## Calculating Euler's Number

We are well aware of Euler’s famous number,

$$e = 2.71828182845$$

There are also quite a few ways of deriving Euler’s Number. There’s the Taylor expansion method:

$$e = \sum_{k = 0} ^{\infty} \frac{1}{k!}$$

There is also the classical limit form:

$$e = \lim_{n \rightarrow \infty} \left( 1 + \frac{1}{n} \right)^n$$

Then there is another. Let $R$ be a random number generated between $[0, 1]$, inclusive. Then $e$ is the average of the number of $R$s it takes to sum greater than $1$.

With more rigor, for uniform $(0,, 1)$ random independent variables $R_1$, $R_2$, $\ldots$, $R_n$,

$$N = \min \left( n: \sum _{k = 1} ^n R_i > 1 \right)$$

where

$$e = \text{Average}(n)$$

The proof can be found here, but it’s pretty math-heavy. Instead, an easier method is to write a program to verify for large enough $n$.

n | Sum Solution | Limit Solution | Random Uniform Variable |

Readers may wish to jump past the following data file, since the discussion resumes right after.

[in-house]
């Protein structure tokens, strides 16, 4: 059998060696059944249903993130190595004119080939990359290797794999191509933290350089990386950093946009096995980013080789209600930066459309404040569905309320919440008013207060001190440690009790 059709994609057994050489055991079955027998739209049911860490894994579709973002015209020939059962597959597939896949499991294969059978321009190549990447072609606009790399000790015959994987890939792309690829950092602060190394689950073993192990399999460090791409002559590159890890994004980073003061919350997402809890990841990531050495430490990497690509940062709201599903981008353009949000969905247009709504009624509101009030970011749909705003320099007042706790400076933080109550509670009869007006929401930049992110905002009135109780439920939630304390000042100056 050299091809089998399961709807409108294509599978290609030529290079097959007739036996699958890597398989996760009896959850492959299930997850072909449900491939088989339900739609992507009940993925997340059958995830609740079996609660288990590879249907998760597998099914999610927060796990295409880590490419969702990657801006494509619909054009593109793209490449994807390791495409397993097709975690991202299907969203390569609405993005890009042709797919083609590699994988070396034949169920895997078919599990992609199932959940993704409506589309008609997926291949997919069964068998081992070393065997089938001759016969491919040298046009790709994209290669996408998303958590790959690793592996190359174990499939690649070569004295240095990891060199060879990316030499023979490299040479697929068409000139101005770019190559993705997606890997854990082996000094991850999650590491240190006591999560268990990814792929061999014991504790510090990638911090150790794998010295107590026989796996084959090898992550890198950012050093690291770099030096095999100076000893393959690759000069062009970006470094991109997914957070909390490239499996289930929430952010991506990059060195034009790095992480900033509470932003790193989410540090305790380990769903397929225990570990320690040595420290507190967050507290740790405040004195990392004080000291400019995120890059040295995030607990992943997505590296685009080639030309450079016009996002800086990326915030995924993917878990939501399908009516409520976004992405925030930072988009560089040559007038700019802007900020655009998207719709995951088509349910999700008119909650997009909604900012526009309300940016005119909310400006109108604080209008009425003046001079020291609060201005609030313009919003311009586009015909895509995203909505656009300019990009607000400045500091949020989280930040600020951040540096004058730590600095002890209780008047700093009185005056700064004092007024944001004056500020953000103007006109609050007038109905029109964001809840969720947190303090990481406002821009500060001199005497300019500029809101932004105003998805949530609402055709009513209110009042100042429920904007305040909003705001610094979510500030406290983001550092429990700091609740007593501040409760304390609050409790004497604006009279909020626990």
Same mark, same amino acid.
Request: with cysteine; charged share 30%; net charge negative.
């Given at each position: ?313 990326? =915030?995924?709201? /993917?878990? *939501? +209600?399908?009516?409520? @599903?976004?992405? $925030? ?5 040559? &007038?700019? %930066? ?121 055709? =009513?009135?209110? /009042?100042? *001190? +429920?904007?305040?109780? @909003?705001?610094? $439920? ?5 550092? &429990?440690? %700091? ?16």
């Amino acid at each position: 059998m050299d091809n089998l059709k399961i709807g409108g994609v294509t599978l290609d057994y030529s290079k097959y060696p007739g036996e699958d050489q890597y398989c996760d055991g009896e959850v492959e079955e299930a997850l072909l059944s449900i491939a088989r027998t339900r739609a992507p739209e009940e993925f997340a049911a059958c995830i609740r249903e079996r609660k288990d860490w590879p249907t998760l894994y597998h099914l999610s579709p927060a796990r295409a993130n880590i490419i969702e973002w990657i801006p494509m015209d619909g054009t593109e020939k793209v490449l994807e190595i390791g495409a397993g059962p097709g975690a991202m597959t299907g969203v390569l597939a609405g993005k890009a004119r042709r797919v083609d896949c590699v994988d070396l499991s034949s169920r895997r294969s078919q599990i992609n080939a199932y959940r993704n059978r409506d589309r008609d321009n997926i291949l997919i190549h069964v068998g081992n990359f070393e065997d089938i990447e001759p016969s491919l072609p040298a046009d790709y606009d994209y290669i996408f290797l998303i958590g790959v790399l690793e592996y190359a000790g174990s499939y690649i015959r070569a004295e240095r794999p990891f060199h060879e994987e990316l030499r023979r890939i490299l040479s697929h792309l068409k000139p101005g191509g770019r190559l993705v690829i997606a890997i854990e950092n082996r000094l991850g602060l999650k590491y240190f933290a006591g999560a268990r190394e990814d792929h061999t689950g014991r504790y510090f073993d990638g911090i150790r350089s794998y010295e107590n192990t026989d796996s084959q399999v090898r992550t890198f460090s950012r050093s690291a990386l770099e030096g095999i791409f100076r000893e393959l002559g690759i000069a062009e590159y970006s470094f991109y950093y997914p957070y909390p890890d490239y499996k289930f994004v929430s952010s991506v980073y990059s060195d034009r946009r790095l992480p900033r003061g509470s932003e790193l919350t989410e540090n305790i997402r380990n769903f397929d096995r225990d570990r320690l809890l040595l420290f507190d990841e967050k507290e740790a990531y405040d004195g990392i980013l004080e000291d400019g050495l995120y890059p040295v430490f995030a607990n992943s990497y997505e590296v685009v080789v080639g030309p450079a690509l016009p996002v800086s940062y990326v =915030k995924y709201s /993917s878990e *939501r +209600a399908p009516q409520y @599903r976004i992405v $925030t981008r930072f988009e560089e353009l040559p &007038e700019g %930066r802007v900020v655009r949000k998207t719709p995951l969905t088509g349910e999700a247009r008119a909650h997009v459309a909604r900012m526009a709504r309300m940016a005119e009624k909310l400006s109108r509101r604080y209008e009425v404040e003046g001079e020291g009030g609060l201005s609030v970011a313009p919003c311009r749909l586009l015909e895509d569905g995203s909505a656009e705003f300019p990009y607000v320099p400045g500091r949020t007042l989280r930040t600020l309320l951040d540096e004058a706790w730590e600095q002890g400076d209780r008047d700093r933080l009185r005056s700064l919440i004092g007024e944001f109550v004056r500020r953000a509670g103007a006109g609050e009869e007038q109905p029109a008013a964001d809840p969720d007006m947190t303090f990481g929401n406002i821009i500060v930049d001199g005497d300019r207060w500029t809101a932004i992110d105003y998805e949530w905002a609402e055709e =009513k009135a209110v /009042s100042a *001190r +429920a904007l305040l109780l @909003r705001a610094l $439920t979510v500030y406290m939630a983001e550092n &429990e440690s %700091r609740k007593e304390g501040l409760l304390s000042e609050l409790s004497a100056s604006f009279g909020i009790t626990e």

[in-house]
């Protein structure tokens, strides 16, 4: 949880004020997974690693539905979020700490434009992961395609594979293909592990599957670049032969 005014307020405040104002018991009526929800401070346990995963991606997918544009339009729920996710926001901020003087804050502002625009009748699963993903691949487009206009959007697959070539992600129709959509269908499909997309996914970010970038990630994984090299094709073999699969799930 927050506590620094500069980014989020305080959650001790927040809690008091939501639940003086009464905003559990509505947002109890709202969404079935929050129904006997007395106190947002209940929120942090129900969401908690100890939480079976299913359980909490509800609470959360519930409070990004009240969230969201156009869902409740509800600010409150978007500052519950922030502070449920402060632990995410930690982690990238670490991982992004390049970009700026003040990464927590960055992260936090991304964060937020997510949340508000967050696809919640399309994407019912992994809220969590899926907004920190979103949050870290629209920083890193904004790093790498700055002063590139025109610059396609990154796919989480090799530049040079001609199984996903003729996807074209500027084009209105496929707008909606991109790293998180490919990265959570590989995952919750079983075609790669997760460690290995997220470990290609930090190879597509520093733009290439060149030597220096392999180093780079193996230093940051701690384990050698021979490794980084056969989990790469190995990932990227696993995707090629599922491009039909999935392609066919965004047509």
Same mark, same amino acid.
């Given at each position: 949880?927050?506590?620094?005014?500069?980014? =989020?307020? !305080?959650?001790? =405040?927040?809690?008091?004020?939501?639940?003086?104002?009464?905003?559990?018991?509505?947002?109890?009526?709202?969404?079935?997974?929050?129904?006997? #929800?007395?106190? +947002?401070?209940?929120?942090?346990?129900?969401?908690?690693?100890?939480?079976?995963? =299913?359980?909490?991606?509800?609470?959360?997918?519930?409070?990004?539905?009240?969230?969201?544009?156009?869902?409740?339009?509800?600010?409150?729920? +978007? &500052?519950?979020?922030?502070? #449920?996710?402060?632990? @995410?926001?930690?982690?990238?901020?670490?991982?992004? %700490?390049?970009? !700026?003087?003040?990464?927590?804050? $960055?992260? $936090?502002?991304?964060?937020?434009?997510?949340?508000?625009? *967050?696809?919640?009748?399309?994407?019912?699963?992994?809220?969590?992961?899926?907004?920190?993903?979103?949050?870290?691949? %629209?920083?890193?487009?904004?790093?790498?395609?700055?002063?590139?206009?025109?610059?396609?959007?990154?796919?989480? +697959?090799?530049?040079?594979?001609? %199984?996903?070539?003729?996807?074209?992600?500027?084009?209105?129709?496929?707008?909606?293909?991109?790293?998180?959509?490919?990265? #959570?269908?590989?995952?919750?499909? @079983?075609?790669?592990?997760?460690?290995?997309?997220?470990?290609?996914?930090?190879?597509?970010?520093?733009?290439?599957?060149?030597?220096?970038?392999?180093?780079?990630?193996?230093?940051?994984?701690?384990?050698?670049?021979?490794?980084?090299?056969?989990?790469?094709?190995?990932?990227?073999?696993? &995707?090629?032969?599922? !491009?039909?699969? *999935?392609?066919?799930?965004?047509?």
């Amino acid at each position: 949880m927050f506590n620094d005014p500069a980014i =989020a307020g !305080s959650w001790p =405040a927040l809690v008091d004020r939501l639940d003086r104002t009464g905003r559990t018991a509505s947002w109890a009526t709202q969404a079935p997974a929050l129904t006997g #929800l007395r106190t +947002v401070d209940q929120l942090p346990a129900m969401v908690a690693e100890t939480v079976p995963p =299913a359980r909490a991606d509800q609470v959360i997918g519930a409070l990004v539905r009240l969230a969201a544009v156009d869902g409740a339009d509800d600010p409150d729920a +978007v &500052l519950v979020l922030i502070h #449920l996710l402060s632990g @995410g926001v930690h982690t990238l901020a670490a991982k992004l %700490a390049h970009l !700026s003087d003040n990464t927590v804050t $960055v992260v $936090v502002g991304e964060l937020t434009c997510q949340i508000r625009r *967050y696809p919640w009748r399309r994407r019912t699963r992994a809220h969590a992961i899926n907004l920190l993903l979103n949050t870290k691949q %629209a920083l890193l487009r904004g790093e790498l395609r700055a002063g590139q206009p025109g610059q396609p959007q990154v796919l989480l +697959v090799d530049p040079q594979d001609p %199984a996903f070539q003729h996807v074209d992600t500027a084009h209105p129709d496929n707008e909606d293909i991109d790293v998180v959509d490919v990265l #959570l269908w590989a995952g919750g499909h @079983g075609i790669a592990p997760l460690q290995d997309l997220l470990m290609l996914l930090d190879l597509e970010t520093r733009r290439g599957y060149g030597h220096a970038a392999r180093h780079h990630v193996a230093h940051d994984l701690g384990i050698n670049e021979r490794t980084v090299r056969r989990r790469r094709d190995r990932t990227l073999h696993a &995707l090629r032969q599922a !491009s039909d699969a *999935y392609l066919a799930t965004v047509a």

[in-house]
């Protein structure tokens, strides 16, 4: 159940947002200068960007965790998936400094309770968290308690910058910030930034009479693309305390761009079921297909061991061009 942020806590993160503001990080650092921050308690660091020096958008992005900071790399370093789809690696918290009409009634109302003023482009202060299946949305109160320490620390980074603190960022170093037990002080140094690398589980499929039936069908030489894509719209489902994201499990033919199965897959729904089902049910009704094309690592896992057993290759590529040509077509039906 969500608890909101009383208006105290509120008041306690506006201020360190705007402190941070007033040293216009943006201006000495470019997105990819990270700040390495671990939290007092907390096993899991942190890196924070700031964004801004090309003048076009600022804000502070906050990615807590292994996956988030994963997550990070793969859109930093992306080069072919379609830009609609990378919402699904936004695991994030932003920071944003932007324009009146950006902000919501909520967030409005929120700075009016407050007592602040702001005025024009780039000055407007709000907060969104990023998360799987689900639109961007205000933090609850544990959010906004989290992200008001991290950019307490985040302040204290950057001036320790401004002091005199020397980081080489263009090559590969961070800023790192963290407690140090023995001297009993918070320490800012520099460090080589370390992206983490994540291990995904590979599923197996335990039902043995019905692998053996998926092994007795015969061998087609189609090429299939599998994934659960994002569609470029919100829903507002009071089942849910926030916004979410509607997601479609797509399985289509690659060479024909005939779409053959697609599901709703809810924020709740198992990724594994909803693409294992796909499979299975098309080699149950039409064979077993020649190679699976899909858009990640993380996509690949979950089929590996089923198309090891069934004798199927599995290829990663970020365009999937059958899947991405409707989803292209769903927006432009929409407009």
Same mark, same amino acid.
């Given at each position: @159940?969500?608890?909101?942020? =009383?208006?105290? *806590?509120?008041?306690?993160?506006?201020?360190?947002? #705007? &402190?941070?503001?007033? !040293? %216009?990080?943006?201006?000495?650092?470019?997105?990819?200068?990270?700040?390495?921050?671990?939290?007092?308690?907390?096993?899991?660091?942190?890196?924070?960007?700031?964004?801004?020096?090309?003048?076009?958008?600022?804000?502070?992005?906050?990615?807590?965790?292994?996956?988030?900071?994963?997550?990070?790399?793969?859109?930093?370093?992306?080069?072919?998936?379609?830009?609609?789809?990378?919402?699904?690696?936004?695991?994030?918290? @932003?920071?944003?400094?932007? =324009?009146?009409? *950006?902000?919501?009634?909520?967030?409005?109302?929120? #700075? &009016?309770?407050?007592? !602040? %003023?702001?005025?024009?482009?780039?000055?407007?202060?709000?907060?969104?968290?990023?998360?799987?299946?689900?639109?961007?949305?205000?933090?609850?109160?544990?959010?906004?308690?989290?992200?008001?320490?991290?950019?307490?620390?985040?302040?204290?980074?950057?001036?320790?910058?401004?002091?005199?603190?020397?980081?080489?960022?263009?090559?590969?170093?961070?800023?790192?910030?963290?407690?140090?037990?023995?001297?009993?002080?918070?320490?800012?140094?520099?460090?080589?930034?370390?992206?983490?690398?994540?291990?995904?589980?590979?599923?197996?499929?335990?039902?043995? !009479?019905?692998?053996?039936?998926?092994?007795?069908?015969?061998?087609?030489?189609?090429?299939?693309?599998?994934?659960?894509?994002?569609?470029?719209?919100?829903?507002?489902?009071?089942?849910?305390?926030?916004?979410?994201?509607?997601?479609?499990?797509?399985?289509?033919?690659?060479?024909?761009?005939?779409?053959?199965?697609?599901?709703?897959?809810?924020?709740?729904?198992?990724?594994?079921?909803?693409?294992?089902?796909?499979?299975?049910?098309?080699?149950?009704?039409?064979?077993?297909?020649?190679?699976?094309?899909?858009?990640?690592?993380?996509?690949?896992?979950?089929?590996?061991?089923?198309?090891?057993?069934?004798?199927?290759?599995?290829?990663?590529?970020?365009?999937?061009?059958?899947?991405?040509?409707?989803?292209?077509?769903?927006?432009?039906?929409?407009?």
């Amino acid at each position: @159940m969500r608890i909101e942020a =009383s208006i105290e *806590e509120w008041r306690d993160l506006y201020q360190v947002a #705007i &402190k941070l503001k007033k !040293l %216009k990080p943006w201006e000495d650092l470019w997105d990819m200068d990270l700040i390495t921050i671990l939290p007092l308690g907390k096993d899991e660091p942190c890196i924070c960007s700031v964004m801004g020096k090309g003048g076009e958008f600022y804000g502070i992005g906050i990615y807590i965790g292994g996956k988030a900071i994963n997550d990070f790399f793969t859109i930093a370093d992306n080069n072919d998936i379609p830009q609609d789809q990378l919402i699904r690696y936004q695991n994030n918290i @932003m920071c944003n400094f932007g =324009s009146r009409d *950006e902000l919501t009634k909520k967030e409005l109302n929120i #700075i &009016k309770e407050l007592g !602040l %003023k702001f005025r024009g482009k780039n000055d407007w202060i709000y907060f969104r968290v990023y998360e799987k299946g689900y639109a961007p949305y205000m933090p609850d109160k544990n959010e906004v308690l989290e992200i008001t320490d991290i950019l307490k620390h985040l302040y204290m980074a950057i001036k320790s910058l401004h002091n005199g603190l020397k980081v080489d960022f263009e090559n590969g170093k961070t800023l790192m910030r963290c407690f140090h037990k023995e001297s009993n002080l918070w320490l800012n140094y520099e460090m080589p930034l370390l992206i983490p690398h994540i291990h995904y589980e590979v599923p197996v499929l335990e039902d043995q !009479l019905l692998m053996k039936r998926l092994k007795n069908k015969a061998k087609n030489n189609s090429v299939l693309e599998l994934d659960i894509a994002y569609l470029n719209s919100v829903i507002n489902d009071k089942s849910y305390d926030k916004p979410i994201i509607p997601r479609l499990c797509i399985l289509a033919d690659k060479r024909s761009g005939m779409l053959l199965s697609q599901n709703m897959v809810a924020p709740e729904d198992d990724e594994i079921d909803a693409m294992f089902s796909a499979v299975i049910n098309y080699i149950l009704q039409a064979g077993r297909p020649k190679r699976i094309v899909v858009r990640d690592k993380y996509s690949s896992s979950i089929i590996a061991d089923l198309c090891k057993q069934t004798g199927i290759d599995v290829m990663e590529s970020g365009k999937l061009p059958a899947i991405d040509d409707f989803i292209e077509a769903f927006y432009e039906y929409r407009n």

---|---|---|---|

1 | 1 | 2 | 2 |

10 | 1.7182818011 | 2.5937424601 | 2.5 |

100 | 1.7182818284 | 2.7048138294 | 2.69 |

1000 | 1.7182818284 | 2.7169239322 | 2.717 |

10000 | 2.7181459268 | 2.7242 | |

100000 | 2.7182682371 | 2.71643 | |

1000000 | 2.7182804690 | 2.71961 | |

10000000 | 2.7182816941 | 2.7182017 | |

100000000 | 2.7182817983 | 2.71818689 | |

1000000000 | 2.7182820520 | 2.718250315 |

## Source Code

```
def e_sum(upper_bound):
if upper_bound < 1:
return 0
return Decimal(1.0) / Decimal(math.factorial(upper_bound)) + Decimal(e_sum(upper_bound - 1))
def e_limit(n):
return Decimal((1 + 1.0 / float(n))**n)
def find_greater_than_one(value=0, attempts=0):
if value <= 1:
return find_greater_than_one(value + random.uniform(0, 1), attempts + 1)
return attempts
```